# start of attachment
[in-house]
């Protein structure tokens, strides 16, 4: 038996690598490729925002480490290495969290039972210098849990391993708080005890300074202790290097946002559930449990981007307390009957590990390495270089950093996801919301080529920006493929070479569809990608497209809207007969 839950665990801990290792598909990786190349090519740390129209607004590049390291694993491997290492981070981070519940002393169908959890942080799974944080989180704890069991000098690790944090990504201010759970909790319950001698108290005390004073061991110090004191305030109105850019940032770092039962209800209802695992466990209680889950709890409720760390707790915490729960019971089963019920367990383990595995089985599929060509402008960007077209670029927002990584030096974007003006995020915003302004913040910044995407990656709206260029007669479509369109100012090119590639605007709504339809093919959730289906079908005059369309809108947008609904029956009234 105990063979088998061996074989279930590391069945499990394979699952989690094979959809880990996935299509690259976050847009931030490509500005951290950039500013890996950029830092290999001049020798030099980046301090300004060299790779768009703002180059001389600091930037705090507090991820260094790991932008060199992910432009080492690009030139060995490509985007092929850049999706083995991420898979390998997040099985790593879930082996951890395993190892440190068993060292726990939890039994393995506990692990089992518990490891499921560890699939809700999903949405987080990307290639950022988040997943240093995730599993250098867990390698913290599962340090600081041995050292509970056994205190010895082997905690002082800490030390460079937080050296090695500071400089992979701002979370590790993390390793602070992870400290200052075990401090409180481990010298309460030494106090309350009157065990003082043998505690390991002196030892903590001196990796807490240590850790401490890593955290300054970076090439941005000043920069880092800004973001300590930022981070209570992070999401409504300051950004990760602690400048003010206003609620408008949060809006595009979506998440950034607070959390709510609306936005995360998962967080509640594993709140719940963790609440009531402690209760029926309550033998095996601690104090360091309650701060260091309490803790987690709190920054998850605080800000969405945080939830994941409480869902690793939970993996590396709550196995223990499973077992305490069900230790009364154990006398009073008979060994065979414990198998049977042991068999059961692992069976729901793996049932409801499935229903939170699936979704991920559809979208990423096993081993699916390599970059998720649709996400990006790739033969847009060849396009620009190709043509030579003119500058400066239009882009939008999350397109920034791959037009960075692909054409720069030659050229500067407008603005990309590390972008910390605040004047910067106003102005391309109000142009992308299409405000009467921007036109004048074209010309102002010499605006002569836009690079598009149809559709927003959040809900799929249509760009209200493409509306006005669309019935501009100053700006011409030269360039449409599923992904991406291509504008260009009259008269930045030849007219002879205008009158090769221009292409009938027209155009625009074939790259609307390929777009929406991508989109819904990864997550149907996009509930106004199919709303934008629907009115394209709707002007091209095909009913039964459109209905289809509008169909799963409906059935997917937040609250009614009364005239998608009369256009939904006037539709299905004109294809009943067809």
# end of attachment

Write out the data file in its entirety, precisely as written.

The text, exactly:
[in-house]
């Protein structure tokens, strides 16, 4: 038996690598490729925002480490290495969290039972210098849990391993708080005890300074202790290097946002559930449990981007307390009957590990390495270089950093996801919301080529920006493929070479569809990608497209809207007969 839950665990801990290792598909990786190349090519740390129209607004590049390291694993491997290492981070981070519940002393169908959890942080799974944080989180704890069991000098690790944090990504201010759970909790319950001698108290005390004073061991110090004191305030109105850019940032770092039962209800209802695992466990209680889950709890409720760390707790915490729960019971089963019920367990383990595995089985599929060509402008960007077209670029927002990584030096974007003006995020915003302004913040910044995407990656709206260029007669479509369109100012090119590639605007709504339809093919959730289906079908005059369309809108947008609904029956009234 105990063979088998061996074989279930590391069945499990394979699952989690094979959809880990996935299509690259976050847009931030490509500005951290950039500013890996950029830092290999001049020798030099980046301090300004060299790779768009703002180059001389600091930037705090507090991820260094790991932008060199992910432009080492690009030139060995490509985007092929850049999706083995991420898979390998997040099985790593879930082996951890395993190892440190068993060292726990939890039994393995506990692990089992518990490891499921560890699939809700999903949405987080990307290639950022988040997943240093995730599993250098867990390698913290599962340090600081041995050292509970056994205190010895082997905690002082800490030390460079937080050296090695500071400089992979701002979370590790993390390793602070992870400290200052075990401090409180481990010298309460030494106090309350009157065990003082043998505690390991002196030892903590001196990796807490240590850790401490890593955290300054970076090439941005000043920069880092800004973001300590930022981070209570992070999401409504300051950004990760602690400048003010206003609620408008949060809006595009979506998440950034607070959390709510609306936005995360998962967080509640594993709140719940963790609440009531402690209760029926309550033998095996601690104090360091309650701060260091309490803790987690709190920054998850605080800000969405945080939830994941409480869902690793939970993996590396709550196995223990499973077992305490069900230790009364154990006398009073008979060994065979414990198998049977042991068999059961692992069976729901793996049932409801499935229903939170699936979704991920559809979208990423096993081993699916390599970059998720649709996400990006790739033969847009060849396009620009190709043509030579003119500058400066239009882009939008999350397109920034791959037009960075692909054409720069030659050229500067407008603005990309590390972008910390605040004047910067106003102005391309109000142009992308299409405000009467921007036109004048074209010309102002010499605006002569836009690079598009149809559709927003959040809900799929249509760009209200493409509306006005669309019935501009100053700006011409030269360039449409599923992904991406291509504008260009009259008269930045030849007219002879205008009158090769221009292409009938027209155009625009074939790259609307390929777009929406991508989109819904990864997550149907996009509930106004199919709303934008629907009115394209709707002007091209095909009913039964459109209905289809509008169909799963409906059935997917937040609250009614009364005239998608009369256009939904006037539709299905004109294809009943067809």